Beethoven: Violin Sonatas Nos. 4 and 7
(Harmonia Mundi HMC 901919)
Schubert: String Quartets Nos. 13 and 14 (Hyperion CDA 67585)
Beethoven: Piano Sonatas Nos. 4, 7 and 23 (Hyperion CDA 67518)
Liszt: "Dante Sonata" (Harmonia Mundi HMU 907409)
Speaking of violins, an instrument fashioned for Beethoven himself in 1800 can be heard in a new recording of Beethoven's Violin Sonatas Nos. 4 and 7. The fiddle, part of a full quartet of hand-made string instruments given to Beethoven as a gift, resurfaced in 1995. Daniel Sepec plays it; Andreas Staier accompanies him on fortepiano. There's more chamber music on a new release from the Takšcs Quartet, which migrates to the Hyperion label after 17 years of acclaimed recordings for Decca. The ensemble plays two Schubert quartets — No. 13 and No. 14, the well-known "Death and the Maiden."
Keyboard fans, meanwhile, might want to check out a pair of new discs. On one, Angela Hewitt, widely known for her Bach and Couperin recordings, expands her range once again, following up her recent foray into Chopin with Beethoven's stormy "Appassionata" Sonata. (She also plays two earlier Beethoven sonatas.) American pianist Jon Nakamatsu, a Cliburn Competition winner, plays the formidable "Dante" Sonata and other works drawn from the second book of Liszt's Ann_es de plerinage.
Strange Imaginary Animals (Cedille CDR 90000094)
Menotti: Missa "O Pulchritudo"; Vierne: Messe Solennelle
(Cedille FOUNDation 7001)
Cedille Records, an enterprising non-profit label based in Chicago, has a few interesting new releases. On one disc, titled Strange Imaginary Animals, the electrifying new-music sextet eighth blackbird performs a selection of world premieres, each of which calls for the musicians to use unorthodox techniques such as slapping the side of a clarinet or drastically detuning a violin string. The group, which takes a lighthearted approach that makes its concerts fun and accessible, plays works by Jennifer Higdon, Gordon Fitzell, David M. Gordon, Dennis DeSantis, and Steven Mackey.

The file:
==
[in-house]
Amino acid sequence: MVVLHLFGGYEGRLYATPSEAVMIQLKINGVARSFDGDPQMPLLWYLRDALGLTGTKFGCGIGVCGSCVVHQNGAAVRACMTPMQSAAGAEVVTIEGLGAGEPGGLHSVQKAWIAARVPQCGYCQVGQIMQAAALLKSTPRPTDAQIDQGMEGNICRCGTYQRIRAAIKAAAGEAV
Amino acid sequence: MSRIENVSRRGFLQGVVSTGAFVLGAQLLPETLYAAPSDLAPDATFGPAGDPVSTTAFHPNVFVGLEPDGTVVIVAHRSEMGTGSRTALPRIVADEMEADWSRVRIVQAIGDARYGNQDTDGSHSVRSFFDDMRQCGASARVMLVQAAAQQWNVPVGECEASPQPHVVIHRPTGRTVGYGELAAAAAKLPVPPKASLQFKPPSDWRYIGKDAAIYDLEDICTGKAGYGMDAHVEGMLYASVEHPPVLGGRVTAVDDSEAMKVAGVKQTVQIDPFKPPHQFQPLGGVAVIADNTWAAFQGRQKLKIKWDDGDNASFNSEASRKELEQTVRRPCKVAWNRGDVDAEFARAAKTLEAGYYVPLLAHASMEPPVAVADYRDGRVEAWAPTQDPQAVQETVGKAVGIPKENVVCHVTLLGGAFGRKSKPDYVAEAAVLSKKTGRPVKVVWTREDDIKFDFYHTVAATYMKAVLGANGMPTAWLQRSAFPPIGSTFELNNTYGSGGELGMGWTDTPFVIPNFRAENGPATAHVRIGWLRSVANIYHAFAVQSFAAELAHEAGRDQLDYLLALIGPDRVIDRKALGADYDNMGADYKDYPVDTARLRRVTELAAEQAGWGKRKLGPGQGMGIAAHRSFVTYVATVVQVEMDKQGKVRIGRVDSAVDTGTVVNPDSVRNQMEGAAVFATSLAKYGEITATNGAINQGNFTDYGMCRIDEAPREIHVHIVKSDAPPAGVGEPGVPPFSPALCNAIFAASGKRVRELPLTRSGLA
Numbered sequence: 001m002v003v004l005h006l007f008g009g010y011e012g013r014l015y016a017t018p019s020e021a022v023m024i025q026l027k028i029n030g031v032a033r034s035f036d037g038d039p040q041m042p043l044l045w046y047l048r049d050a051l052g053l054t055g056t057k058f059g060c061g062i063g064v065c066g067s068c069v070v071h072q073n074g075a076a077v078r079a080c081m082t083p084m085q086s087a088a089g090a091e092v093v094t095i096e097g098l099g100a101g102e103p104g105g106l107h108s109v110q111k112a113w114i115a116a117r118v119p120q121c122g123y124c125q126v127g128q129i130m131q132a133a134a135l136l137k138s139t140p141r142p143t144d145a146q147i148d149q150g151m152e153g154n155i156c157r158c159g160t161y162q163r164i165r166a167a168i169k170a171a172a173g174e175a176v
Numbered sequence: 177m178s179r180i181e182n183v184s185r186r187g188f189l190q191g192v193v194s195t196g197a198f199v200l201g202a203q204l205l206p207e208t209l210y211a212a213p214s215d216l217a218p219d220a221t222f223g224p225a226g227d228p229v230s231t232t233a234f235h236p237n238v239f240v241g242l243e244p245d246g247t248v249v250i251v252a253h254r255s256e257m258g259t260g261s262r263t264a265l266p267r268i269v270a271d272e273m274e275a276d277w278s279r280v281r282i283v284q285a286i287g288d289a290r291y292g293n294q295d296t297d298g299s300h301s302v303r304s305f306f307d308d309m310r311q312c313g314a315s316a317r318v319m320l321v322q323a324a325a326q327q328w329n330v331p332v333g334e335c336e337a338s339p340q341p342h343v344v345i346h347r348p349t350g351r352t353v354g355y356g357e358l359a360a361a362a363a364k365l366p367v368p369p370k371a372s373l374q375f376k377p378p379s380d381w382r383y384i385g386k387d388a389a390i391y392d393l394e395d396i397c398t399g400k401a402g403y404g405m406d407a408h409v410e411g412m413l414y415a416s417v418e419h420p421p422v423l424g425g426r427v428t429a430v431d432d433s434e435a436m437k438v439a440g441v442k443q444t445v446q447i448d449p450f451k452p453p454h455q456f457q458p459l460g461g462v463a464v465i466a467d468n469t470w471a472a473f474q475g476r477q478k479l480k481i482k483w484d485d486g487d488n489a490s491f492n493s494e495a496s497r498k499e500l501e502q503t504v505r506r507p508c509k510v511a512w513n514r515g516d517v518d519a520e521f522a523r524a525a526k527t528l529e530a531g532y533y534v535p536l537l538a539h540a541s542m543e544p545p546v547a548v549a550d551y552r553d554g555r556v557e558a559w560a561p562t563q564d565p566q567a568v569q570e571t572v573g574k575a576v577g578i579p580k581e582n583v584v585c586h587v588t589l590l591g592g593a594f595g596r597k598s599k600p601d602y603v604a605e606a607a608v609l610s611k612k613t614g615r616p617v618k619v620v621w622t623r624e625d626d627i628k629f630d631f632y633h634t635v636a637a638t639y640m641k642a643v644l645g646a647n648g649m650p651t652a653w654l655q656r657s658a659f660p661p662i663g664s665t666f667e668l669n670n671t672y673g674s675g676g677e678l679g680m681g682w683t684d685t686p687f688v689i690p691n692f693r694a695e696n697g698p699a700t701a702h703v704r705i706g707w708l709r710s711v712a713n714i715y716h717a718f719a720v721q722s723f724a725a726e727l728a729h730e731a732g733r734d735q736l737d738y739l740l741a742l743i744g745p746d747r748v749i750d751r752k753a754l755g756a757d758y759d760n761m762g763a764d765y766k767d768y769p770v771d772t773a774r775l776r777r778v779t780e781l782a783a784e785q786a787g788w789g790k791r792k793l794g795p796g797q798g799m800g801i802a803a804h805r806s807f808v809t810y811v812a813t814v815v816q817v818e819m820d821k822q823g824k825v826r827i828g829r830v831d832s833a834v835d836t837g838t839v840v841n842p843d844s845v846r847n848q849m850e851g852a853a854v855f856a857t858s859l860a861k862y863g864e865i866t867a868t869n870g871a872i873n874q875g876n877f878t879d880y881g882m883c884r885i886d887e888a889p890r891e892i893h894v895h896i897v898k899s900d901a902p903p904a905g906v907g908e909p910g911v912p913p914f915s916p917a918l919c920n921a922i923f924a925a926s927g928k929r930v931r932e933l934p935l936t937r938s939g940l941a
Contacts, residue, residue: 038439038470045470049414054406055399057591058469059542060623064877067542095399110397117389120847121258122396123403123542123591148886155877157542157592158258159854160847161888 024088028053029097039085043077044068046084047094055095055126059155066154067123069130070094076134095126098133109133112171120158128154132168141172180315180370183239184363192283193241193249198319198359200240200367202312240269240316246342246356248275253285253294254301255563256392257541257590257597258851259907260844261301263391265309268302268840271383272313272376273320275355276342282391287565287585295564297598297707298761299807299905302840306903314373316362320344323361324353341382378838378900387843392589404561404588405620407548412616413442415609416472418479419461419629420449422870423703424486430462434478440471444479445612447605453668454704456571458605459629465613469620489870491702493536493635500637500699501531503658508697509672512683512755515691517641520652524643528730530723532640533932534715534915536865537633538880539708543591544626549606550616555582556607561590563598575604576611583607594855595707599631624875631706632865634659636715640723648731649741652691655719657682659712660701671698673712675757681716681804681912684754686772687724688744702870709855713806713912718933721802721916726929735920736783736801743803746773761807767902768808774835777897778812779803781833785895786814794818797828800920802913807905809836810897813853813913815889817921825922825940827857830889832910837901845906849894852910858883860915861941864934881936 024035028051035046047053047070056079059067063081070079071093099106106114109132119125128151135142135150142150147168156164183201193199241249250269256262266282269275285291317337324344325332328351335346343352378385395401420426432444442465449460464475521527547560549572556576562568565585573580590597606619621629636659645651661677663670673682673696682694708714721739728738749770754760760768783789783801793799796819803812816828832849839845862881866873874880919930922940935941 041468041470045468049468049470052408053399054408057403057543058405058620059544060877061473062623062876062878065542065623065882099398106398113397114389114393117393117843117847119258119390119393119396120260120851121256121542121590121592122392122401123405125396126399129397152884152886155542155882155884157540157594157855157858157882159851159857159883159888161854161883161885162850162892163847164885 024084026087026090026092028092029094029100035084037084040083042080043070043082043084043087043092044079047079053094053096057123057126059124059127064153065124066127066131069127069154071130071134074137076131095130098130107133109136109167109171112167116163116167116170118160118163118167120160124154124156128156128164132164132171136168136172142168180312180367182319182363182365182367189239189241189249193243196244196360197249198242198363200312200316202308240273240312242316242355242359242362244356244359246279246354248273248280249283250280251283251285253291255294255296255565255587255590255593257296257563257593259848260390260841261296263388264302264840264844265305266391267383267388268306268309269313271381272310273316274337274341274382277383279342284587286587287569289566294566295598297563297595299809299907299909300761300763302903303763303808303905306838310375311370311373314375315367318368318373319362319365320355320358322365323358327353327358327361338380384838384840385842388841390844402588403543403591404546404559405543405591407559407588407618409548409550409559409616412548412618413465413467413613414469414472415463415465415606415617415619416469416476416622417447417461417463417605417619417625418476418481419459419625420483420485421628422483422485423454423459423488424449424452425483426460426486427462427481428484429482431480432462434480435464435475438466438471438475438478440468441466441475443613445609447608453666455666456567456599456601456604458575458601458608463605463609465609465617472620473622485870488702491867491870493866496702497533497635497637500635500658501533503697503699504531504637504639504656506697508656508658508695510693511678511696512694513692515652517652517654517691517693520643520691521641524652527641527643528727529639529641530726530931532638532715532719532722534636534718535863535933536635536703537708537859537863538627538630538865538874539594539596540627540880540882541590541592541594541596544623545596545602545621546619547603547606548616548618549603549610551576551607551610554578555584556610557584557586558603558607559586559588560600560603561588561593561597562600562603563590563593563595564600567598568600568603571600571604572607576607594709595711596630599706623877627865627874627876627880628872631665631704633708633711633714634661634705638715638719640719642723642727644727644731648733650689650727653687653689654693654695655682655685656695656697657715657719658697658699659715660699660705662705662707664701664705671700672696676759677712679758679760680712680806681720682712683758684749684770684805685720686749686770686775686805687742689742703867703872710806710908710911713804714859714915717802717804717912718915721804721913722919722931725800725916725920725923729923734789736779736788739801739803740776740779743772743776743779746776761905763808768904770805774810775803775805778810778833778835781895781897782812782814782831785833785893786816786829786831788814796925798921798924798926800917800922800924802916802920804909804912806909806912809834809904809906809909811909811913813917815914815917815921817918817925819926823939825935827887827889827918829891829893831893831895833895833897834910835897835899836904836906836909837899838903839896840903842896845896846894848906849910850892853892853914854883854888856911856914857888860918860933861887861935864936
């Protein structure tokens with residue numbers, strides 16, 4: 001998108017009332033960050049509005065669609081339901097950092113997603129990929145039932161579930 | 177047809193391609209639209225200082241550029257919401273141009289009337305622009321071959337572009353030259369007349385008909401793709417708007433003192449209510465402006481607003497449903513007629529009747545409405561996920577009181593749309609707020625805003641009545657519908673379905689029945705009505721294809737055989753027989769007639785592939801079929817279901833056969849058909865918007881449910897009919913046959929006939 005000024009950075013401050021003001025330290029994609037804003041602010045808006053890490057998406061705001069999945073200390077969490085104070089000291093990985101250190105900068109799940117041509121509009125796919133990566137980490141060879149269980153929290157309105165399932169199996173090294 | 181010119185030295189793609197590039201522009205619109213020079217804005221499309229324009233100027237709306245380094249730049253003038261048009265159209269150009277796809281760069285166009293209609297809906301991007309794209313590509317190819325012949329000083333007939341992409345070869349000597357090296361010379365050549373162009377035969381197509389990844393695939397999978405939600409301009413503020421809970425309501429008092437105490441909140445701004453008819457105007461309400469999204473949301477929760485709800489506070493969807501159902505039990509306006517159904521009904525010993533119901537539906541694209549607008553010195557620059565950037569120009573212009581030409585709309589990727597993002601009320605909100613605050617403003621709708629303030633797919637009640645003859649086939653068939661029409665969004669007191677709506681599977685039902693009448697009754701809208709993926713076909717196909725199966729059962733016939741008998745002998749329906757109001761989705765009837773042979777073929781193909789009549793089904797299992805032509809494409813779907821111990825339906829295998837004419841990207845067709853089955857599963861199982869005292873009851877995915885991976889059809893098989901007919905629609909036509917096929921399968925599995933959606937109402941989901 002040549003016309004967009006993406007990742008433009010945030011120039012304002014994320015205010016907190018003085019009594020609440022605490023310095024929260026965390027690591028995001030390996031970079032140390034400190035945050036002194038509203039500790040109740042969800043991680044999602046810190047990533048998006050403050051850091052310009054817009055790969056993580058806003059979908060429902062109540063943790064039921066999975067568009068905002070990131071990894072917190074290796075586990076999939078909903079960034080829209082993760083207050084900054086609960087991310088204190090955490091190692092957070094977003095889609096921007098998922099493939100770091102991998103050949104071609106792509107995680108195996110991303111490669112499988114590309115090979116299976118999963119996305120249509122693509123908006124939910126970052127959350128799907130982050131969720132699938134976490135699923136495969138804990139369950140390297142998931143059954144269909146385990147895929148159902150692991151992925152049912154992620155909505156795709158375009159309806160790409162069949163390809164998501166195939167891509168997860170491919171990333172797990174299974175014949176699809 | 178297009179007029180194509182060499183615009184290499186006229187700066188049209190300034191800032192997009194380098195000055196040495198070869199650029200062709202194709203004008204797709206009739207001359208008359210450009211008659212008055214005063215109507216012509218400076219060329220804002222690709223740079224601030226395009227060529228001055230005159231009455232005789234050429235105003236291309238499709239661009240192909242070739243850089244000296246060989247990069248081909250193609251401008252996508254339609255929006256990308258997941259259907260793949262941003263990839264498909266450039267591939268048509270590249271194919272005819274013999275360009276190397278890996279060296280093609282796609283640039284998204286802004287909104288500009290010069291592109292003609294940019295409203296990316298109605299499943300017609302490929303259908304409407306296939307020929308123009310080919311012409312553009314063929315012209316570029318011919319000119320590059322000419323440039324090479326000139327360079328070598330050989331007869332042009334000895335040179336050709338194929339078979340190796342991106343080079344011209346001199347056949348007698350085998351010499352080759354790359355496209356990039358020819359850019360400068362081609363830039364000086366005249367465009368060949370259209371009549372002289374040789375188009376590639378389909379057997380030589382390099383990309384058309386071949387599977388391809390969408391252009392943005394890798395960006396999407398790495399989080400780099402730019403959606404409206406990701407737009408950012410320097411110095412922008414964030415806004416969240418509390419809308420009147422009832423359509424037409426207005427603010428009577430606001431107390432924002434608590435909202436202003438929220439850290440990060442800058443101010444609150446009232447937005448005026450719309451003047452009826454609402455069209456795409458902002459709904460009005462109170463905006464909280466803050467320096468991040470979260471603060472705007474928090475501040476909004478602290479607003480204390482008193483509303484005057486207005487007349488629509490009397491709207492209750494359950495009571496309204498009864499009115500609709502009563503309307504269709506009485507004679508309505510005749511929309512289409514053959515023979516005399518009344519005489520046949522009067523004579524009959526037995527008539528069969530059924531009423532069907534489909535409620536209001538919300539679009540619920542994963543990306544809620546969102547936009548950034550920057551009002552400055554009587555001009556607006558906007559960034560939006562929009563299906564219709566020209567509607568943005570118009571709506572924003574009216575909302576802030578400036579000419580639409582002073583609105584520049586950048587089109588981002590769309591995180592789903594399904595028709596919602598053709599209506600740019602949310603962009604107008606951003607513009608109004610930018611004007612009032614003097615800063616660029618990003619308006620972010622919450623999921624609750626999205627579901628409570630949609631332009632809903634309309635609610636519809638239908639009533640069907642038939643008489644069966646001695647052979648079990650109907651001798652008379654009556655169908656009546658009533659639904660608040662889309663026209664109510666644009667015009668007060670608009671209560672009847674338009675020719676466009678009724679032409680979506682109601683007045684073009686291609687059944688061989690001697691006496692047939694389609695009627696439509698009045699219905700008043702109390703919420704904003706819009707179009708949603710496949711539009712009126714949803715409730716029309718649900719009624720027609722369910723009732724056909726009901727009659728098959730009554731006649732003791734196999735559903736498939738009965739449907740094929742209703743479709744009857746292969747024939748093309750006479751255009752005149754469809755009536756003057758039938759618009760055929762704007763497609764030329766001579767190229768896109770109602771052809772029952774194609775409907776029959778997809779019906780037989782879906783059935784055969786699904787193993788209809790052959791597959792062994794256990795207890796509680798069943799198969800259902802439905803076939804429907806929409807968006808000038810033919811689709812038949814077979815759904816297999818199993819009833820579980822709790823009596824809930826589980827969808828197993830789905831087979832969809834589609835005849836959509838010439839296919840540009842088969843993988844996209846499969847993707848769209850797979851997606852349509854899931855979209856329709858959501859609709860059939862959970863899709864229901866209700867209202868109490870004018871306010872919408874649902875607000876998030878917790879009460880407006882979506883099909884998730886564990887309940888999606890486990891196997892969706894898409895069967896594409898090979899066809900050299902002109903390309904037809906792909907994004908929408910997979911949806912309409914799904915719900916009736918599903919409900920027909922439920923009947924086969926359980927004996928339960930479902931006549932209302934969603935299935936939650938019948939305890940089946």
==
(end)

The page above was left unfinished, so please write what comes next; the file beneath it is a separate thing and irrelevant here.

Cedille's new mid-priced imprint, Cedille FOUNDation, offers a performance of Gian Carlo Menotti's Missa "O Pulchritudo" paired with the Messe Solennelle of Louis Vierne. The Menotti was recorded live in 1982 with the composer present; he is said to have been moved to tears by the performance, but it was never released.
Hersch: Symphonies Nos. 1 and 2 (Naxos 8.559281)
Bernstein: Fancy Free; Dybbuk (Naxos 8.559280)
There's lots of American music out on Naxos. Among the many interesting releases are a recording of Michael Hersch's symphonies and a disc of two complete Bernstein ballets: Fancy Free, the composer's first major success; and Dybbuk, written to commemorate Israel's 25th anniversary. Hersch, born in 1971, has been championed by conductors Marin Alsop and Mariss Jansons, among others, since he was in his 20s. Alsop leads the Bournemouth Symphony Orchestra in this performance. The Bernstein is played by the Nashville Symphony with Andrew Mogrelia conducting.
Brahms: The Four Symphonies (Decca 475 7942 7)
R. Strauss: Orchestral Works
(Deutsche Grammophon 289 477 6453)
Back in the heart of the repertory, Riccardo Chailly's fine set of Brahms symphonies with the Royal Concertgebouw Orchestra is back in print for the first time in years. On DG, the New York Philharmonic's first major-label CD release in some time finds Lorin Maazel leading Richard Strauss's Don Juan, Death and Transfiguration, the "Dance of the Seven Veils" from Salome, and the suite from Der Rosenkavalier. The disc is the first traditional CD to be issued through the DG Concerts series, which makes concert programs available for download.